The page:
November 26, 2004

Happy Thanksgiving, one day late! We're up in Chicago, celebrating with Michael's family. I've basically followed strong turkey day tradition by spending not just the ACTUAL Thanksgiving holiday, but most of the day after as well, lounging on the sofa, making a trip to the kitchen every half hour or so for more food, and napping while watching re-runs of Seinfeld and the Simpsons.

We also watched 'The Eternal Sunshine of the Spotless Mind' (is that right?) this morning. Interesting. I actually like Jim Carrey in dramatic roles, but there's something so comedic about his VOICE alone, that it's sometimes hard to remember you're not watching a comedy. He is funny without trying to be so.

Holiday tradition also called for a lengthy debate/discussion about politics, religion, gender issues and the environment today, but luckily most of it was punctuated with laughter and more gulps of beer, or wine, or cream soda, or coffee, or better yet a bite of cheesecake. Michael's mother is Italian and his father is Polish/German, so Thanksgiving dinner, while always including the pre-requisite turkey and stuffing, is actually more about lasagna, sausages, spaghetti, and other Italian or Polish dishes. I even learned the names of some of them while I was eating them, then promptly forgot what they were while digesting.

I spent three hours helping Michael's mom cook. I was pretty proud of myself, as it included some tasks I've never been responsible for before, and I might even have learned a family secret or two. The coolest was contemplating the irony of drying out several loaves of bread for the stuffing, only to re-hydrate them in water, bunch them up into little balls of dough, and add all the other ingredients to them, mushing it together with your bare hands like a kid with Playdough. Fun!!!! I can't believe I've never taken the opportunity to do some of this with my own mother, who's a great cook, and I vow to do this in the next year or two if we're with my family for Thanksgiving. I've got all of her great recipes in this huge family cookbook she puts out every few years (we're on the third edition) and yet there's something extra that goes into those recipes, beyond the list of ingredients and temperatures and cooking times. I'm sure everyone can attest to that 'un-nameable' something that guarantees that even if you follow your mother's recipe to a 'T', it never tastes as good as when she cooks it herself. SIGH!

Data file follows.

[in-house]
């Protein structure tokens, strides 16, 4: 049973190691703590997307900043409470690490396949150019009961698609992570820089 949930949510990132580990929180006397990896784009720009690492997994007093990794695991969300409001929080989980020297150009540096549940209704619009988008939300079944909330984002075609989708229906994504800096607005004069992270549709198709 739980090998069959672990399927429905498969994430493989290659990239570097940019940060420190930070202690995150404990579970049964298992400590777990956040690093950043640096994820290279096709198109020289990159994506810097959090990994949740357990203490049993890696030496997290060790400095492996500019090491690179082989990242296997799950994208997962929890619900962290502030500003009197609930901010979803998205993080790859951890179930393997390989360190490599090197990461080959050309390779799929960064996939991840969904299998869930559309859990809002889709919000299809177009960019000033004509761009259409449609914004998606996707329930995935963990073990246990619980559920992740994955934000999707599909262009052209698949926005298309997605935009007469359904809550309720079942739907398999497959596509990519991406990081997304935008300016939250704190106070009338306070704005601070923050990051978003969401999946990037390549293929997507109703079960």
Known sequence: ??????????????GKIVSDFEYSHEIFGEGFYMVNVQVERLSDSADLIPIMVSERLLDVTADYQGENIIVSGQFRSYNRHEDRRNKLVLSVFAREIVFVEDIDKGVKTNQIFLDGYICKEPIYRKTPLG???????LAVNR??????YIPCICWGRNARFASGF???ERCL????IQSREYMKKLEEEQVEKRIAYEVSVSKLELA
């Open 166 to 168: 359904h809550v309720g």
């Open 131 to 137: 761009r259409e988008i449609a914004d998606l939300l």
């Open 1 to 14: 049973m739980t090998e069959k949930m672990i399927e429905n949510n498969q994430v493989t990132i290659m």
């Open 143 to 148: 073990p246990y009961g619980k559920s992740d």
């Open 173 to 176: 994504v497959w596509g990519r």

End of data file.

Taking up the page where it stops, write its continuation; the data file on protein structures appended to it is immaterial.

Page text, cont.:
I do miss my family, and phone calls aren't enough. We're looking forward to Christmas, which we will spend in Colorado, with my sister and other family members. I hope to downhill ski (watch out trees, small animals, and people in my way) and relax before the BIG PUSH which is going to occur in my music career with the ringing in of the New Year.

More to come...

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